GeoWorld September 2012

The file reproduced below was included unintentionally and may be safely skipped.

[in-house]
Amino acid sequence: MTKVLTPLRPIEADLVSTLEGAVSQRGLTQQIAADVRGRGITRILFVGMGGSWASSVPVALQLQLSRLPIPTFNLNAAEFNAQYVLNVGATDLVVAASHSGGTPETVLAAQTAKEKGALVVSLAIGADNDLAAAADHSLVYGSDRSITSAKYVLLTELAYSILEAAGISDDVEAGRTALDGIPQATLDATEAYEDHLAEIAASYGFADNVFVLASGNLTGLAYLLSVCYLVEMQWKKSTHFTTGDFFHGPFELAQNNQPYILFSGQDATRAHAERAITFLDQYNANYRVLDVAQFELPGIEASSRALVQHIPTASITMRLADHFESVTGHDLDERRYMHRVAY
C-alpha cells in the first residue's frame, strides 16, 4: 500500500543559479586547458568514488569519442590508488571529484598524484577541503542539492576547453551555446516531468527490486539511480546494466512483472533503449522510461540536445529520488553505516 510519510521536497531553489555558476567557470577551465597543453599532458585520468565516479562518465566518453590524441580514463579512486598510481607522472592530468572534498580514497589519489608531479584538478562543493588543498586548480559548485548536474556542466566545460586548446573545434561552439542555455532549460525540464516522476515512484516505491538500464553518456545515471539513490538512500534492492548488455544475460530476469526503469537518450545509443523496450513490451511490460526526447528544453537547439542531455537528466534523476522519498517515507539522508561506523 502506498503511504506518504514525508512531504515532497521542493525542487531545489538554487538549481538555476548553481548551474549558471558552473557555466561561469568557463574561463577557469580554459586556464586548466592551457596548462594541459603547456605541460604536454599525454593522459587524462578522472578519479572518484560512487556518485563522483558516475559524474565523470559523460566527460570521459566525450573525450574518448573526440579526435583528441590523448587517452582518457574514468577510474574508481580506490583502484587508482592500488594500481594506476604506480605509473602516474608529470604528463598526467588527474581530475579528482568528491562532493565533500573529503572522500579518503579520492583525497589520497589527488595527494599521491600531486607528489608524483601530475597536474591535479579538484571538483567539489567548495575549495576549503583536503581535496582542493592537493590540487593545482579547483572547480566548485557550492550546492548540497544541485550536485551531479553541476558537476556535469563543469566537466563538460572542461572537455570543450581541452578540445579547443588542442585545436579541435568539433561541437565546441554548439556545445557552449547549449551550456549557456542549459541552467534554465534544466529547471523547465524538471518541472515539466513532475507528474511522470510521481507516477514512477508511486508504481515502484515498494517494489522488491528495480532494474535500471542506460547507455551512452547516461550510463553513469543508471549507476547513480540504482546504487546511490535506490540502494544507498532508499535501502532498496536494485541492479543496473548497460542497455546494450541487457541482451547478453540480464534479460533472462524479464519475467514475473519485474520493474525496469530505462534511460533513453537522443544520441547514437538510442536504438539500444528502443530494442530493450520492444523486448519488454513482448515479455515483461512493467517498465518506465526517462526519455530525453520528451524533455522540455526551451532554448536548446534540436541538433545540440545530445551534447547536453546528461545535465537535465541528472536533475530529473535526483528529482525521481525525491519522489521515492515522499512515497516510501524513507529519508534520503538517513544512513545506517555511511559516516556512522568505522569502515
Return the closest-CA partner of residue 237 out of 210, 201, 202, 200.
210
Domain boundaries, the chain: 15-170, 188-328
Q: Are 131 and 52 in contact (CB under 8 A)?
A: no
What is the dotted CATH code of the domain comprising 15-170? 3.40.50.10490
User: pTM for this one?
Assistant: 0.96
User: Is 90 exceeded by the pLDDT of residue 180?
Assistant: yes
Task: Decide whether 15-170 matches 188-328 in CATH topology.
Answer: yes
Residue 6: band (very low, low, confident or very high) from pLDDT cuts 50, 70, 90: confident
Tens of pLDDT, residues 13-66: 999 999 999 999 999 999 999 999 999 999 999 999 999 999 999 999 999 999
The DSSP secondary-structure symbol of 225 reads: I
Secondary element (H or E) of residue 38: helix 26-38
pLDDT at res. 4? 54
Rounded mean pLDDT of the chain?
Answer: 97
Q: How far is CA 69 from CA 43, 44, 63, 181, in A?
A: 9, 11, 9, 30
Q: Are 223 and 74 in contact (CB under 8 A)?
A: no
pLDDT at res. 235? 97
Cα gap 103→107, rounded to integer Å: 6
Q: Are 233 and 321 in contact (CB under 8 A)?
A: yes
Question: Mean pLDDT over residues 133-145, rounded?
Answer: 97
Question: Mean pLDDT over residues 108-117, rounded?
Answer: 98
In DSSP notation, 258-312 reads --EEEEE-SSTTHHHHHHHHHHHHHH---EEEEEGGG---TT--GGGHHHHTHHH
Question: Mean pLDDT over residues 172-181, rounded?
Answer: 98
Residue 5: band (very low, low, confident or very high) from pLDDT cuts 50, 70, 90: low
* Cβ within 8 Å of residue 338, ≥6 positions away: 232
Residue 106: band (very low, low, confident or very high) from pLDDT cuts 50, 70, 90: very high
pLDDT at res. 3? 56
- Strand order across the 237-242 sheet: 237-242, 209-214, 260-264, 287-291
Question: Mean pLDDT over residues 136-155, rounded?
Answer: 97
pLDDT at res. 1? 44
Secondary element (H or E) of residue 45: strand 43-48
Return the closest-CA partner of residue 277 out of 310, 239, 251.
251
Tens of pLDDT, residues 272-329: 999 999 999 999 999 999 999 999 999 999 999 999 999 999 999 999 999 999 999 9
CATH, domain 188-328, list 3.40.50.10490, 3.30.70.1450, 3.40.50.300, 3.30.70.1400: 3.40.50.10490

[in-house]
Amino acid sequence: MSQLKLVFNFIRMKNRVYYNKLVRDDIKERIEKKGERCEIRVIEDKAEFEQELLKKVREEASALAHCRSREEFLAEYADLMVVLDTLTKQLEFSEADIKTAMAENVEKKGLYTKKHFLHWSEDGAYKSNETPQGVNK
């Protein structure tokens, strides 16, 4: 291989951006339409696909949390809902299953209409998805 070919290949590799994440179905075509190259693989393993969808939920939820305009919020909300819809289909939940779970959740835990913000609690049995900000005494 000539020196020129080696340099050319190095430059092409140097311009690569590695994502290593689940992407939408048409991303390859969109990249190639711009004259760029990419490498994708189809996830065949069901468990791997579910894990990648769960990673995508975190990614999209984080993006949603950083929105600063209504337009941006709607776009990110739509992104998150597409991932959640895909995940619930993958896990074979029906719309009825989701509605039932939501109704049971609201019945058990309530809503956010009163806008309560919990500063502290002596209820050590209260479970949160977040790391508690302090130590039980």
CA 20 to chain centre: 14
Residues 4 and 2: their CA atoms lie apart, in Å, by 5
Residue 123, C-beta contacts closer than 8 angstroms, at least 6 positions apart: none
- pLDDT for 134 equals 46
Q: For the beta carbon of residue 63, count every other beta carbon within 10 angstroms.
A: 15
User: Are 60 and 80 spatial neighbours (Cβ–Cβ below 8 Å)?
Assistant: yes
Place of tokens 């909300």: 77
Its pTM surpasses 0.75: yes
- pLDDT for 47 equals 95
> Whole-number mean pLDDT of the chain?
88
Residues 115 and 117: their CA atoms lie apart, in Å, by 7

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Using Fusion for MapServer as a base, a few sample applications were developed, some with customized widgets. Designing the Web applications followed Louis Sullivan's dictum: "Form Follows Function." Only include the necessary widgets and no visual clutters. All these applications share the same characteristic: to serve or collect geospatial data in an innovative and interactive way through the Internet. Census 2010 and ACS Demographic data from Census 2010 and ACS (Figures 1, 3 and 4) were used in various planning fields. Minority information, for example, always is requested by planners doing environmental impact analysis for transit projects. With an online map application, a GIS specialist can simply send a URL to the planner mak- ing the request, through which he or she can zoom, pan, query information and print out maps. It's more cost efficient, and it liberates staff time for tasks less routine and more creative. A Footprint-Editing Collaboration Application VTA maintains a parcel geospatial database that features polygons representing property-lot boundar- ies. For most planning use, such information is good enough. However, for some planning analysis or research, especially those related to pedestrian and bike planning, building-footprint information occasion- ally is needed, but VTA didn't have these data yet. After some research, VTA found that OpenStreetMap already has such data—incomplete, but a good starting point. A Fusion for MapServer application enabled collaborative editing efforts in the planning department. The application overlays building-foot- print data obtained from OpenStreetMap as well as VTA's transit-facility data with a Google basemap (Figure 2). With customized editing tools, any plan- ning staff with or without GIS knowledge can use the Web-accessible interface to draw polygons based on the Google basemap and save it back to the data- base. The online map will instantly refresh to show the saved edits from any staff. Taking the Leap The aforementioned applications have just scratched the surface of what can be done with open-source tools. Although the use of open-source systems, such as PostgreSQL, is nothing unusual in the Unix and Linux world, inroads into the Windows operat- ing system are recent. And using it among govern- ment agencies still is avant-garde, partly because Windows has always been the dominant operating system in this arena. It takes pioneering spirits, daring hearts and sound foresight of IT and planning/GIS staff to use open- source products for an enterprise project. It's a leap Figure 3. A Web application shows the distribution of minority populations in Santa Clara County through a thematic map. The selection set is rendered differently to show records in a table format. Figure 4. A Web application shows features intersecting a one-third-mile area of a light-rail station, shown as a red circle. based on knowledge and experience, rather than faith. Hopefully, many years later, it will have made all the difference. Ya Wang and George Naylor are senior planner and manager, respectively, with Santa Clara Valley Transportation Authority; e-mail: and, respectively. S E PT E M BE R 2O12 / WWW . GEOPLA CE . COM 21

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